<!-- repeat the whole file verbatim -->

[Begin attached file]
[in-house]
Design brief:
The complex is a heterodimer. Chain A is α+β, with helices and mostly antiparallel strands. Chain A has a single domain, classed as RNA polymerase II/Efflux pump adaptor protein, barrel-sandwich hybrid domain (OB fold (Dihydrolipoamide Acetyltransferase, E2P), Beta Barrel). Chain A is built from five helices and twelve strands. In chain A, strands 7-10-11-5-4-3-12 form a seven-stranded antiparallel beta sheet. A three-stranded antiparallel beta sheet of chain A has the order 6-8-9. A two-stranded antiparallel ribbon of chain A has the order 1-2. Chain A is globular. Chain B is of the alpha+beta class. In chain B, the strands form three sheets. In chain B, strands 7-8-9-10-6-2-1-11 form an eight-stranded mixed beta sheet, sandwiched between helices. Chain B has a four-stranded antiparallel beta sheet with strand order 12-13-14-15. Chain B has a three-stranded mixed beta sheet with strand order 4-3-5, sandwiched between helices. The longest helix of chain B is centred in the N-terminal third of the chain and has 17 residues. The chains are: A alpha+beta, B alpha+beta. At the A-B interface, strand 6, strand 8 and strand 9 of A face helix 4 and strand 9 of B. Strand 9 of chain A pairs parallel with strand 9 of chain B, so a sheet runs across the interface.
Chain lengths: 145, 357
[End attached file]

[in-house]
Design brief:
The complex is a heterodimer. Chain A is α+β, with helices and mostly antiparallel strands. Chain A has a single domain, classed as RNA polymerase II/Efflux pump adaptor protein, barrel-sandwich hybrid domain (OB fold (Dihydrolipoamide Acetyltransferase, E2P), Beta Barrel). Chain A is built from five helices and twelve strands. In chain A, strands 7-10-11-5-4-3-12 form a seven-stranded antiparallel beta sheet. A three-stranded antiparallel beta sheet of chain A has the order 6-8-9. A two-stranded antiparallel ribbon of chain A has the order 1-2. Chain A is globular. Chain B is of the alpha+beta class. In chain B, the strands form three sheets. In chain B, strands 7-8-9-10-6-2-1-11 form an eight-stranded mixed beta sheet, sandwiched between helices. Chain B has a four-stranded antiparallel beta sheet with strand order 12-13-14-15. Chain B has a three-stranded mixed beta sheet with strand order 4-3-5, sandwiched between helices. The longest helix of chain B is centred in the N-terminal third of the chain and has 17 residues. The chains are: A alpha+beta, B alpha+beta. At the A-B interface, strand 6, strand 8 and strand 9 of A face helix 4 and strand 9 of B. Strand 9 of chain A pairs parallel with strand 9 of chain B, so a sheet runs across the interface.
Chain lengths: 145, 357